Building new ships is becoming a problem as order books are full. The recent boom in the shipping industry has resulted in increased demand for newbuild/shipyard resources. And shipyards prefer to build something quick and easy rather than chemical tankers which require significant technology; they would rather do container ships, says a shipping industry source.
The shipowner complains: ‘Sometimes we cannot even get a quotation from shipyards. Right now, if you are looking to build a new ship there is not much that you can do until 2009.’
According to Clarkson Shipping Services, over the past five years annual net fleet growth was about 6%, but this is likely to be only 3% in the next five years. New deliveries of chemical tankers peaked in 2003. Demand for chemical tonnage rose by over 4%/year over the last ten years, and in the long term this average should be maintained, although activity in 2004 exceeded this level mainly because of strong Chinese economic growth. As with other markets, the future of chemical tanker freight rates depends on China’s economic growth and trade pattern.
But Clarkson also emphasises that the chemical tanker market cannot always be explained by a simple demand and supply graph. Other factors need to be kept in mind, such as changing International Maritime Organisation (IMO) regulations (see main story).
Then there are the self-imposed regulations, says the shipping industry source. ‘Suddenly a charterer might say that he cannot use ships older than 20 years.’ There is also the vetting process which is getting stricter. Charterers are quicker these days to reject ships that do not meet their standards.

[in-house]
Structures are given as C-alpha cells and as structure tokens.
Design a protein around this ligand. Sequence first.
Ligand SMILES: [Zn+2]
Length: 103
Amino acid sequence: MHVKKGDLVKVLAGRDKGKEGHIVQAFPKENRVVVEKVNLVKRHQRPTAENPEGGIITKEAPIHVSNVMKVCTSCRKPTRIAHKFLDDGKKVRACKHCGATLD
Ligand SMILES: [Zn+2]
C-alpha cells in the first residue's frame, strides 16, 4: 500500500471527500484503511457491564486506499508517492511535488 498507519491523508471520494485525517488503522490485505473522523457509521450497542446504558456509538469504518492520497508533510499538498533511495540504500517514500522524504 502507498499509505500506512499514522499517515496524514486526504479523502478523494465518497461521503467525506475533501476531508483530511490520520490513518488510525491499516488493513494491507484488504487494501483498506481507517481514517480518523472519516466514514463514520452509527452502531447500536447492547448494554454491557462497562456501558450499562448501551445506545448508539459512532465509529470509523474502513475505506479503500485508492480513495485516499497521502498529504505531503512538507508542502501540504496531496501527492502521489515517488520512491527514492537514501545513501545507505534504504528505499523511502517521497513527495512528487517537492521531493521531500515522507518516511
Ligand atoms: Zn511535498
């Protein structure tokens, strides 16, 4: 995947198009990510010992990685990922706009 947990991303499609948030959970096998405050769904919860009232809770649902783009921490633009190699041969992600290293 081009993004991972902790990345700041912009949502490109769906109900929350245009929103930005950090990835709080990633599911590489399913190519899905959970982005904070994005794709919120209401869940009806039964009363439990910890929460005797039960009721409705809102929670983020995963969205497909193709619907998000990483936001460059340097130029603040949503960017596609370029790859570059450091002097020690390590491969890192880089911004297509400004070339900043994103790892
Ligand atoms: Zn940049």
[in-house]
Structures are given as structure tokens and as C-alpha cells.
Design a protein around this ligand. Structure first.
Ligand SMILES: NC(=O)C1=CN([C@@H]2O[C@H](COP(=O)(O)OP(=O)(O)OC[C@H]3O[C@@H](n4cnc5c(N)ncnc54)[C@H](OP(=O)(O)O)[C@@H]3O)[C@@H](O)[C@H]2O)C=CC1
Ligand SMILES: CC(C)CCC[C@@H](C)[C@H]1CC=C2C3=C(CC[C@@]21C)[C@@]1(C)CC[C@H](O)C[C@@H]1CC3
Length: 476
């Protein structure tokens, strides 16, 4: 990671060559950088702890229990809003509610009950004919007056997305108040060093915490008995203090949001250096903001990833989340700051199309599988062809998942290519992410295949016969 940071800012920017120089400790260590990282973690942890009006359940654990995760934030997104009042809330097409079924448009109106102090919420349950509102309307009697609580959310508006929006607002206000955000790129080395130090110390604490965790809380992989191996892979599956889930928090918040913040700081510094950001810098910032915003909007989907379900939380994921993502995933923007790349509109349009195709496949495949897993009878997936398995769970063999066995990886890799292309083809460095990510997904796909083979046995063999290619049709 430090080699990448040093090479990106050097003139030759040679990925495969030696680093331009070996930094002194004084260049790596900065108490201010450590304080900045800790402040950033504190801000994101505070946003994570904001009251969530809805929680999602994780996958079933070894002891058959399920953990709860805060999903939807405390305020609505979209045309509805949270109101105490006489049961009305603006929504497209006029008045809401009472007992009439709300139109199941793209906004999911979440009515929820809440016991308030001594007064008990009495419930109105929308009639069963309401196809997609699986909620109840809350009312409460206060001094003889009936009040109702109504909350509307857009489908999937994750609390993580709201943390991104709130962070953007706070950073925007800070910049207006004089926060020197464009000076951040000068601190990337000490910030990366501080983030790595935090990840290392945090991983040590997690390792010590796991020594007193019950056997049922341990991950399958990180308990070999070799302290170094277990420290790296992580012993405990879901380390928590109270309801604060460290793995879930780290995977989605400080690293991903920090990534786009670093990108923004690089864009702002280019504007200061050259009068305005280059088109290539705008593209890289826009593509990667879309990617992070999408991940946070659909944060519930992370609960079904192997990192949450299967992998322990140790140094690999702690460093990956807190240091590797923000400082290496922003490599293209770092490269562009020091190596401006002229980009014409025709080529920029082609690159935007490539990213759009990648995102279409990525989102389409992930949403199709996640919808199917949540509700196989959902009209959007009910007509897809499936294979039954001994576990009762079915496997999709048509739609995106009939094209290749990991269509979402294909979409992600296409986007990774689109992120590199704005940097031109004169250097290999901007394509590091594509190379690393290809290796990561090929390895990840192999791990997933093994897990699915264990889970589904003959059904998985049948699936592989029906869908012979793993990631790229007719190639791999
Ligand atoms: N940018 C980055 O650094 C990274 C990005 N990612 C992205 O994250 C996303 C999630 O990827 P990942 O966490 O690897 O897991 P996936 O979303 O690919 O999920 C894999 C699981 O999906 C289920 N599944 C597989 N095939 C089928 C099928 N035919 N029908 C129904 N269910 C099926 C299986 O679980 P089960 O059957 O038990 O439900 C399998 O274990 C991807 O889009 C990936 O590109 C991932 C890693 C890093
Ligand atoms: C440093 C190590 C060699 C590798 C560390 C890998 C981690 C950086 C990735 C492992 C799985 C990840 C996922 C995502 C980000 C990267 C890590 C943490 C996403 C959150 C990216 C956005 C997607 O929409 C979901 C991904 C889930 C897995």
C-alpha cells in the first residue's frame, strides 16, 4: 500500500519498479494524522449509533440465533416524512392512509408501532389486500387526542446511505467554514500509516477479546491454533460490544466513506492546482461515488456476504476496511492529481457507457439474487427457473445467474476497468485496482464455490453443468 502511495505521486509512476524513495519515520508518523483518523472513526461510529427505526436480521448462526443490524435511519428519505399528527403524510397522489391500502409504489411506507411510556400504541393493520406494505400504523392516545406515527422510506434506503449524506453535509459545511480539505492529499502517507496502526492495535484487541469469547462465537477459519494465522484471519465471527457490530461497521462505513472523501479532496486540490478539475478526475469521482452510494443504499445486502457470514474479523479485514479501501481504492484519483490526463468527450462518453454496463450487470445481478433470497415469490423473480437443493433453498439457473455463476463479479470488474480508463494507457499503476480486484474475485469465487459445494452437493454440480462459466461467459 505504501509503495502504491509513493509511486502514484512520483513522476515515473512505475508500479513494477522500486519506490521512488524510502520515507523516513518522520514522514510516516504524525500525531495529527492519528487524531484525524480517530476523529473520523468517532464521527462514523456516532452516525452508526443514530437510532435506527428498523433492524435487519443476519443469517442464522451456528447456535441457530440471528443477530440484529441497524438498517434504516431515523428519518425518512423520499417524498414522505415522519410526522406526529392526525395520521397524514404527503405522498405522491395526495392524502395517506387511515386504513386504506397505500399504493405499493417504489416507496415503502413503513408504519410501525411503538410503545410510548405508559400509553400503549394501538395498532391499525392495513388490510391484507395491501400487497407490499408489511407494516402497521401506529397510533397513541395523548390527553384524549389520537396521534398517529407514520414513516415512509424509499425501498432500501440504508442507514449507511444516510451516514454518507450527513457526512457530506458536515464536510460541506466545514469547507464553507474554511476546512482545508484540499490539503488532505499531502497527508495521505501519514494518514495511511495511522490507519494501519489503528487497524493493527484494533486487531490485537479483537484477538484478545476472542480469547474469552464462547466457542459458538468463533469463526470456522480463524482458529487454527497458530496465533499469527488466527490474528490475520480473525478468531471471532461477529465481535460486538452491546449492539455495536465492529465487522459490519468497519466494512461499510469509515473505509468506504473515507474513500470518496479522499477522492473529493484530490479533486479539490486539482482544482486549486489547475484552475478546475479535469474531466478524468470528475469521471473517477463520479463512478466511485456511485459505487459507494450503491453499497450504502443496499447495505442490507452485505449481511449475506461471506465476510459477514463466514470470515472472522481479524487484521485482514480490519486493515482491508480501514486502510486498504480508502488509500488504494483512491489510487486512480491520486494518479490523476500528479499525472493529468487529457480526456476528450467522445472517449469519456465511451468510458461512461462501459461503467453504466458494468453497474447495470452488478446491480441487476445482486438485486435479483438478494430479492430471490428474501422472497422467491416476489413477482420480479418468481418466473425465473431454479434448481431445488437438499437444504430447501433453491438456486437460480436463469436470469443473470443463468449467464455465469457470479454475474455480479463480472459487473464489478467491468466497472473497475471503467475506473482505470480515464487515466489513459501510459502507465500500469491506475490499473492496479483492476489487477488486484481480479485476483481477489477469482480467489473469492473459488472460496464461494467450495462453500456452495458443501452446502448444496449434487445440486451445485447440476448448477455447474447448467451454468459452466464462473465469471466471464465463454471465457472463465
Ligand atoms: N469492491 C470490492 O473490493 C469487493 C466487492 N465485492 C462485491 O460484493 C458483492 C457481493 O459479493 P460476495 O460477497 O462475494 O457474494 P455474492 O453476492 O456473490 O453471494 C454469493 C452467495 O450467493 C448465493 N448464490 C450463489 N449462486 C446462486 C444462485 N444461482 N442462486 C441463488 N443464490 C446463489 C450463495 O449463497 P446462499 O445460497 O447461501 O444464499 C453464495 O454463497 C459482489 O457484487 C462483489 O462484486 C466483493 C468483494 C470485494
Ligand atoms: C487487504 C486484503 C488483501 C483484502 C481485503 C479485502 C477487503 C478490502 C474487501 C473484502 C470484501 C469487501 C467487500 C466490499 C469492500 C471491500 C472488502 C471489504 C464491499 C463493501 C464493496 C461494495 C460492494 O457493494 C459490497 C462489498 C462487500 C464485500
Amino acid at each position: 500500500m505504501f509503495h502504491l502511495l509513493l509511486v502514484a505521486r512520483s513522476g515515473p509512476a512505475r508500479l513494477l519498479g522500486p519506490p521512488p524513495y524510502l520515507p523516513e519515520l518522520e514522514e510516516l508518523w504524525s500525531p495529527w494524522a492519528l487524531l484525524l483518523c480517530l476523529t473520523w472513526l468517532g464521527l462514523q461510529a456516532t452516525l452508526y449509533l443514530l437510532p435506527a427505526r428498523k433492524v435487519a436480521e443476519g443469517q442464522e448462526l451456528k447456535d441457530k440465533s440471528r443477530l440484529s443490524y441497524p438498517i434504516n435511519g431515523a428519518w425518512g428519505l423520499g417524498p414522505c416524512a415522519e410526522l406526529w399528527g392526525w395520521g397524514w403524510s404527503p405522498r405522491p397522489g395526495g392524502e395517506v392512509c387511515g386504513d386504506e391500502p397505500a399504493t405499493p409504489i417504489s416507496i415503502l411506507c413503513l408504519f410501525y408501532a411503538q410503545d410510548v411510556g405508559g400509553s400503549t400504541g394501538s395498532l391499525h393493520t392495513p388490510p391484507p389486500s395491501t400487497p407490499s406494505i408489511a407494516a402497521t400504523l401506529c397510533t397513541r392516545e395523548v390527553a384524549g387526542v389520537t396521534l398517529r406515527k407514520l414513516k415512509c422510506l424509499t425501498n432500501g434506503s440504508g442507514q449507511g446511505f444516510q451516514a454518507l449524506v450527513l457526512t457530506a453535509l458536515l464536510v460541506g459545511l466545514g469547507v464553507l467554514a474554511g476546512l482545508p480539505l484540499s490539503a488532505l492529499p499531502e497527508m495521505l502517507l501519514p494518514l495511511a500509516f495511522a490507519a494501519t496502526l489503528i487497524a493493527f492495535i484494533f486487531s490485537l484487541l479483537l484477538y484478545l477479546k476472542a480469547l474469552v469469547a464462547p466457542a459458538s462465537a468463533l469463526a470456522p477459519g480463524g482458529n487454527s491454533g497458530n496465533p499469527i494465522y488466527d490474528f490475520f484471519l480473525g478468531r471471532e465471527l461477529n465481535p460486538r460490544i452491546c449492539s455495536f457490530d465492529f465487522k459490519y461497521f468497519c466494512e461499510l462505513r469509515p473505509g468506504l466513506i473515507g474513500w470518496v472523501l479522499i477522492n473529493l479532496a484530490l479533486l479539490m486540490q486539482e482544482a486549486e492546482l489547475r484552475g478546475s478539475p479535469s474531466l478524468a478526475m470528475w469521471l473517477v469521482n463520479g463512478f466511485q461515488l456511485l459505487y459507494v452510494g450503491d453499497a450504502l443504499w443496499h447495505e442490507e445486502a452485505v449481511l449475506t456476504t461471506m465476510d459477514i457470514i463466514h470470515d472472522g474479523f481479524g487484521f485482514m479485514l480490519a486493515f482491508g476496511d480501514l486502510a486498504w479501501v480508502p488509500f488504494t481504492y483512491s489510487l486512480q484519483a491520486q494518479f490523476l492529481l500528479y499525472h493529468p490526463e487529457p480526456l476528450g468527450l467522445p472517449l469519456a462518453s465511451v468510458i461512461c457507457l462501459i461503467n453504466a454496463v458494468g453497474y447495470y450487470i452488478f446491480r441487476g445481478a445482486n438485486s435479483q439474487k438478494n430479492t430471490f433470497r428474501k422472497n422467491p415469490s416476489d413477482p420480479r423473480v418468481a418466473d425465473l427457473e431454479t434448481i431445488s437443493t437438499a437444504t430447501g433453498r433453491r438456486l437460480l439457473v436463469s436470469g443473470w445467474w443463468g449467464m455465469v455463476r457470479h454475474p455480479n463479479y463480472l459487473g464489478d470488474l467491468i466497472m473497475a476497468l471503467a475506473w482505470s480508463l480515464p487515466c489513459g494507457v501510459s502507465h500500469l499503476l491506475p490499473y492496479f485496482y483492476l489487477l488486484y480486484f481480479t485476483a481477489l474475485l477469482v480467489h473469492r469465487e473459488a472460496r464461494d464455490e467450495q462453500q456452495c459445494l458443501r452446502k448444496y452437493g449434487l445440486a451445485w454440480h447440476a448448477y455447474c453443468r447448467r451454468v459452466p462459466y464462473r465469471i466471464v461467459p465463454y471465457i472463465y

A second shipping industry source believes the market is not likely to hit the bottom very soon. ‘Freight rates are unlikely to get much lower; the main factors are the strong demand and the changes in regulations proposed by the IMO.’
|Current pollution category*||Proposed pollution category*||Current ship type**||Proposed ship type**|
|Urea ammonia nitrate (UAN)||D||Y||na||2|
|Urea ammonia phosphate solution||D||Y||na||2|
* Marpol Annex II grades noxious liquid substances carried in bulk into four categories graded A to D, according to the hazard they present to marine resources, human health or amenities. The revisions adopted in October 2004 includes a new four category categorisation (X, Y, Z and other substances)
** Type 1 ship is a chemical tanker intended for the transportation of products considered to present the greatest overall hazard, and type 2 and type 3 are for products of progressively lesser hazard